Inspired by this question (Find an integer not among four billion given ones).

How much storage space would it require to store an integer that was the summation of the numbers 1 to 4 billion?

For example, 1+2+3+4+5 = 15. Summation of 1 to 1 million = 500,000,500,000.

Here is an algorithm that may help

  • I can't believe you actually searched the internet for the sum of all numbers from 1 to a million. Use the triangular number identity or even wolfram alpha – Brian Gordon Aug 23 '11 at 18:45
  • Umm... That link describes the triangular number formula. Anyways, the question isn't about the value, but the storage requirements. (and not of 1 to 1 million, but 1 to 4 billion) – Richard Aug 23 '11 at 19:02

The function you link to describe how to find the n'th Triangular Number, which is defined as the sum of the n natural numbers from 1 to n.

Substituting 4 billion as n into the function gives 8000000002000000000.

Expressing that as a number of bits can be worked out by taking the base-2 logarithm of the value and rounding up -

ceil(log(8000000002000000000)/log(2)) = 63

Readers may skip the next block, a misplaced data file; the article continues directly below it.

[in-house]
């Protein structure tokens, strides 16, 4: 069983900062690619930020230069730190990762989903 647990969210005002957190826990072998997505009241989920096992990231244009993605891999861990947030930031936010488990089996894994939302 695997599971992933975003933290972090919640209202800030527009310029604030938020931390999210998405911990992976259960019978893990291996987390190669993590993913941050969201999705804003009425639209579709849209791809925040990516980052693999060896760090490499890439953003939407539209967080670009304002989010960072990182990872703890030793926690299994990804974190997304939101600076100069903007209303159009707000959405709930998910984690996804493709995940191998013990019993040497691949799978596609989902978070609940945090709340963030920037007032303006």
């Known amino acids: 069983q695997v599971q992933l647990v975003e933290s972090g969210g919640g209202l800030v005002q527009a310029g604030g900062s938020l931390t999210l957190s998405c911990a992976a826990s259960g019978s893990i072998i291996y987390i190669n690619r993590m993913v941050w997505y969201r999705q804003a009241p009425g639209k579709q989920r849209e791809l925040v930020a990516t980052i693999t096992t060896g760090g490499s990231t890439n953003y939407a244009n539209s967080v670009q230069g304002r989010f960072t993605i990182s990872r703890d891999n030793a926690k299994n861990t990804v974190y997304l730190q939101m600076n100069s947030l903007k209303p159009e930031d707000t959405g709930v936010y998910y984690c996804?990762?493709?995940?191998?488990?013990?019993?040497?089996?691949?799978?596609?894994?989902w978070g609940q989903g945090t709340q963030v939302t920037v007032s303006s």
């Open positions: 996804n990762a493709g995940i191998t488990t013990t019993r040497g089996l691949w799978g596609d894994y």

So, 63 bits of storage are required.

In [12]: import math

In [13]: n=4000000000

In [15]: sumn = n*(n+1)/2

In [16]: sumn
Out[16]: 8000000002000000000L

In [24]: math.log(sumn)/math.log(2)
Out[24]: 62.794705708333197

Answer: 63 bits.


One bit is plenty, if you choose an appropriate encoding for integers.

You only need more than n bits if there are more than 2^n possible values you could potentially need to store. Here there is only one value that you require to be able to store.

  • Are you saying you can store the value 8000000002000000000 in one bit? – Richard Aug 24 '11 at 12:38
  • 1
    Yes. In fact, there are an infinite number of encodings that allow me to do this. – RoundTower Aug 24 '11 at 16:17
  • encodings. Ok, fair enough. +1 – Richard Aug 24 '11 at 16:21

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